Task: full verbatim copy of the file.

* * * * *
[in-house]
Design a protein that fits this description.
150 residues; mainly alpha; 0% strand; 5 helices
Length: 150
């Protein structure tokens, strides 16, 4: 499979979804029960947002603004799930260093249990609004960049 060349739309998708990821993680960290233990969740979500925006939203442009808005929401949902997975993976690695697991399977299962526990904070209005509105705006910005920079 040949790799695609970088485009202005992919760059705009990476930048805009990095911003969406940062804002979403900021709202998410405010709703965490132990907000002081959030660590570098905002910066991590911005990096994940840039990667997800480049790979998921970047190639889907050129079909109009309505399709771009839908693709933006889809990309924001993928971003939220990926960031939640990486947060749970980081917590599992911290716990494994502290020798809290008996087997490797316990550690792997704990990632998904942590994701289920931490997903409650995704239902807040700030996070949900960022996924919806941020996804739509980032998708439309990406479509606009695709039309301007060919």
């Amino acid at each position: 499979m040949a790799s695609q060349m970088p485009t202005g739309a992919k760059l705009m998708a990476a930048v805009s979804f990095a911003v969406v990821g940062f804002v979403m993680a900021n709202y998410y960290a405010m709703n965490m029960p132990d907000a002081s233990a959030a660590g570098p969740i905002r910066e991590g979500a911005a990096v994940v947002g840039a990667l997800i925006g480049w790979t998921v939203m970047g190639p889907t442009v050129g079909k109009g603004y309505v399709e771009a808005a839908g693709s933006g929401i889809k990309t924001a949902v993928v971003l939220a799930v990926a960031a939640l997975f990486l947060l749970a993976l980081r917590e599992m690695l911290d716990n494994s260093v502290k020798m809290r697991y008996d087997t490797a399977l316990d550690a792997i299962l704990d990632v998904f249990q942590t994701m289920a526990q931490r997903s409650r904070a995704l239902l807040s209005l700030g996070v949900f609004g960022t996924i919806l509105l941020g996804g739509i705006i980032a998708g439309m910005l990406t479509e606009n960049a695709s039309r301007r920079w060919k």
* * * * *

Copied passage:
[in-house]
Design a protein that fits this description.
150 residues; mainly alpha; 0% strand; 5 helices
Length: 150
């Protein structure tokens, strides 16, 4: 499979979804029960947002603004799930260093249990609004960049 060349739309998708990821993680960290233990969740979500925006939203442009808005929401949902997975993976690695697991399977299962526990904070209005509105705006910005920079 040949790799695609970088485009202005992919760059705009990476930048805009990095911003969406940062804002979403900021709202998410405010709703965490132990907000002081959030660590570098905002910066991590911005990096994940840039990667997800480049790979998921970047190639889907050129079909109009309505399709771009839908693709933006889809990309924001993928971003939220990926960031939640990486947060749970980081917590599992911290716990494994502290020798809290008996087997490797316990550690792997704990990632998904942590994701289920931490997903409650995704239902807040700030996070949900960022996924919806941020996804739509980032998708439309990406479509606009695709039309301007060919």
């Amino acid at each position: 499979m040949a790799s695609q060349m970088p485009t202005g739309a992919k760059l705009m998708a990476a930048v805009s979804f990095a911003v969406v990821g940062f804002v979403m993680a900021n709202y998410y960290a405010m709703n965490m029960p132990d907000a002081s233990a959030a660590g570098p969740i905002r910066e991590g979500a911005a990096v994940v947002g840039a990667l997800i925006g480049w790979t998921v939203m970047g190639p889907t442009v050129g079909k109009g603004y309505v399709e771009a808005a839908g693709s933006g929401i889809k990309t924001a949902v993928v971003l939220a799930v990926a960031a939640l997975f990486l947060l749970a993976l980081r917590e599992m690695l911290d716990n494994s260093v502290k020798m809290r697991y008996d087997t490797a399977l316990d550690a792997i299962l704990d990632v998904f249990q942590t994701m289920a526990q931490r997903s409650r904070a995704l239902l807040s209005l700030g996070v949900f609004g960022t996924i919806l509105l941020g996804g739509i705006i980032a998708g439309m910005l990406t479509e606009n960049a695709s039309r301007r920079w060919k």